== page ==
Our Milky Way galaxy, spanning a length of 100,000 light-years, constantly rotates—our solar system moves through it at speeds over 450,000 miles per hour.
Our solar system’s hottest planet is Venus, the planet’s high levels of atmospheric carbon dioxide creating a greenhouse effect that renders the planet’s surface hotter than its neighbor Mercury, technically the closer planet to the sun.
On the outskirts of the solar system exists the Oort Cloud, a cluster of billions of frozen comets. In 1950, Dutch astronomer Jan Oort proposed the existence of comets that originate from this vast shell of icy bodies, giving the cloud its namesake.
Comets occasionally fall from the Oort Cloud into the inner region orbit of our solar system, dislodged by nearby stars or molecular clouds. Called long-period comets, these bodies are very rare, taking thousands of years to circle the sun due to their the large size of their orbits.
Giordano Bruno was born in 1548 in Nola, an Italian town near Naples. His birth given name was Filippo but he changed it to Giordano upon entering a Dominican Monastery in Naples where he was taught philosophy. From there his strong beliefs took him to many cities including Rome, Paris, London, Oxford, Wittenberg, Prague, Helmstedt, Frankfurt, and Venice.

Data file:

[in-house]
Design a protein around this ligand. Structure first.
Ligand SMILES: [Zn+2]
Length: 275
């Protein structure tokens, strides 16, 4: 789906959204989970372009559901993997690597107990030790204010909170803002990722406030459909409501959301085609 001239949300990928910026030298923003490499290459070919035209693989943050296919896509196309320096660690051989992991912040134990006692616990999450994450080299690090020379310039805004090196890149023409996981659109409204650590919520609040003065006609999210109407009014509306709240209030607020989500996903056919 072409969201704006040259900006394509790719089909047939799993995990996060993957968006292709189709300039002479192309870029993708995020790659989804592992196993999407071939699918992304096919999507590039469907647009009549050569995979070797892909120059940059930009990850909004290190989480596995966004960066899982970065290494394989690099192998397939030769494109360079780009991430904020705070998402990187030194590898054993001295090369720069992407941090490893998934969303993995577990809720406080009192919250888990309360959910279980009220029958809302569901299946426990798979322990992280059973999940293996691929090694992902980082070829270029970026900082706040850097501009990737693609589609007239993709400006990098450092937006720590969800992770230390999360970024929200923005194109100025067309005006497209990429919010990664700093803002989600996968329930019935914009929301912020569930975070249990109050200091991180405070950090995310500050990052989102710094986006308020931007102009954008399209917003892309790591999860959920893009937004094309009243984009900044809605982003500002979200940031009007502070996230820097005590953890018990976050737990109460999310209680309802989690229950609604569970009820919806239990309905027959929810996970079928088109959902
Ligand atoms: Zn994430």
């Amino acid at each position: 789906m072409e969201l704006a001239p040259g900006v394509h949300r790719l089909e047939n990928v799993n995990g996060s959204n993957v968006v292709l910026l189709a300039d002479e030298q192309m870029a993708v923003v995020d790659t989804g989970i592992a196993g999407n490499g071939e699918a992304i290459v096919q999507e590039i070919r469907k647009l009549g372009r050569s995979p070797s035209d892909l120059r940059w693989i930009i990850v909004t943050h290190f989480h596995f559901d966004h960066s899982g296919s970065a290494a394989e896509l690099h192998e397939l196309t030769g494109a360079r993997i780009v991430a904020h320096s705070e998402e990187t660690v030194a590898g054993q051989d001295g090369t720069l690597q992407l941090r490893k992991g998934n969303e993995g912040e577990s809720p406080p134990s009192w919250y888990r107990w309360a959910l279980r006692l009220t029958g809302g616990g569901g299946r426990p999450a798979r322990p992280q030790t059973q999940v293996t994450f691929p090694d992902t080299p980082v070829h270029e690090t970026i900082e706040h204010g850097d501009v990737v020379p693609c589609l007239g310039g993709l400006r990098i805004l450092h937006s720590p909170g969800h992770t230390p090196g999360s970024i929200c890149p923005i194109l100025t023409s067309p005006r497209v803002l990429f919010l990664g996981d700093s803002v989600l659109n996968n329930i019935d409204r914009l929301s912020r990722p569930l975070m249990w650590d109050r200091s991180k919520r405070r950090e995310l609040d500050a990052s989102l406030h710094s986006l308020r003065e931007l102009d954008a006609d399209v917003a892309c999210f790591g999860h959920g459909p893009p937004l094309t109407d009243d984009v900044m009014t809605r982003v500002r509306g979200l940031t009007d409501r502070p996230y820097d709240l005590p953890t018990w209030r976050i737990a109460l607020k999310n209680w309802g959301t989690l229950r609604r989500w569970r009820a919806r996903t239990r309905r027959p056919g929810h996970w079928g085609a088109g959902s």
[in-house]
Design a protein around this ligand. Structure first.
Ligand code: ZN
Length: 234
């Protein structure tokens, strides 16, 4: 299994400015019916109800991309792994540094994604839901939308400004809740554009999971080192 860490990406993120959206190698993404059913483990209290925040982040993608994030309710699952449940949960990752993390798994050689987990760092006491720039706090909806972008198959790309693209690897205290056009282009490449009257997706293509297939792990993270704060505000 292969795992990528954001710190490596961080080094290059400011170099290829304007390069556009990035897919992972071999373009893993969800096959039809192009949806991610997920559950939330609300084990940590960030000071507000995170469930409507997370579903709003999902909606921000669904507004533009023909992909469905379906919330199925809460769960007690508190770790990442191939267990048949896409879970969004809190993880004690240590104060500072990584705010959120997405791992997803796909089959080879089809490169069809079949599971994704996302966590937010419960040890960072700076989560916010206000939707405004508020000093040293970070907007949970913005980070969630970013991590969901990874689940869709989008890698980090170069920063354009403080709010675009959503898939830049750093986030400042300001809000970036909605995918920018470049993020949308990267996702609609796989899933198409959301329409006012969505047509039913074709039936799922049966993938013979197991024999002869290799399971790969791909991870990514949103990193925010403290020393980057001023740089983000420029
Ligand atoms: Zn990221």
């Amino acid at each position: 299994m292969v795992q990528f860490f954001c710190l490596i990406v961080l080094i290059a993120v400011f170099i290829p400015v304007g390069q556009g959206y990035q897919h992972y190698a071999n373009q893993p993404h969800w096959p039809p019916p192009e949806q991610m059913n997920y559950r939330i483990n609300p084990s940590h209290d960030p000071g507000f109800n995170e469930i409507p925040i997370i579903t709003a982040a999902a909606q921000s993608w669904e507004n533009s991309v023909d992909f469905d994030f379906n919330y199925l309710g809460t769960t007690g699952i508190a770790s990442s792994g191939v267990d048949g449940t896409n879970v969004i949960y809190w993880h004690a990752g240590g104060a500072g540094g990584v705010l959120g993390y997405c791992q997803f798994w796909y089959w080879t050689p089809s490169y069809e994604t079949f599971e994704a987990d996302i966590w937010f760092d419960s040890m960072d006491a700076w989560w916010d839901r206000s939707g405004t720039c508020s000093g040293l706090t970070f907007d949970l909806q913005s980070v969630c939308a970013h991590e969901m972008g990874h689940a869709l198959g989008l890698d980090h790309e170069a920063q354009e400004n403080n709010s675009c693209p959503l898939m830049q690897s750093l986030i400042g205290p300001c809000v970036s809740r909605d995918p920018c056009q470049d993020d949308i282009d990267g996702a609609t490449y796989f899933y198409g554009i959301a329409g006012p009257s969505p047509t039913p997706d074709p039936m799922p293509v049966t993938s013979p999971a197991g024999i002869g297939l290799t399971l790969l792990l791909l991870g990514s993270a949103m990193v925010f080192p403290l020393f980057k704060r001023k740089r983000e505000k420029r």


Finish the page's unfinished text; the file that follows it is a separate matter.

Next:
After years of imprisonment in Papal prison in Rome, Bruno refused multiple requests to repent and reject his beliefs, and was sentenced to death by fire.
Until the invention of agriculture about 8,000 years ago, humans were hunter-gatherers, using tools to hunt game and forage for plants as sustenance.
While rare, some hunter-gatherer communities still exist. On North Sentinel Island in the Andaman Sea lives a hunter-gatherer tribe, among the last on earth to resist contact with the outside world.
In 1976, renowned astronomer Carl Sagan contacted a young high-school scientist living in the Bronx named Neil deGrasse Tyson. Sagan was a professor at Cornell at the time, and invited Tyson to spend a day in Ithaca in hopes that the budding astrophysicist would attend. Tyson chose to attend Harvard instead.
Originally airing in 1980, Carl Sagan’s “Cosmos: A Personal Voyage” was regarded as one of the first television programs to bring science to the masses.
February 19, 2014
Standing Up In The Milky Way Facts
Comets, Clouds, and Carl Sagan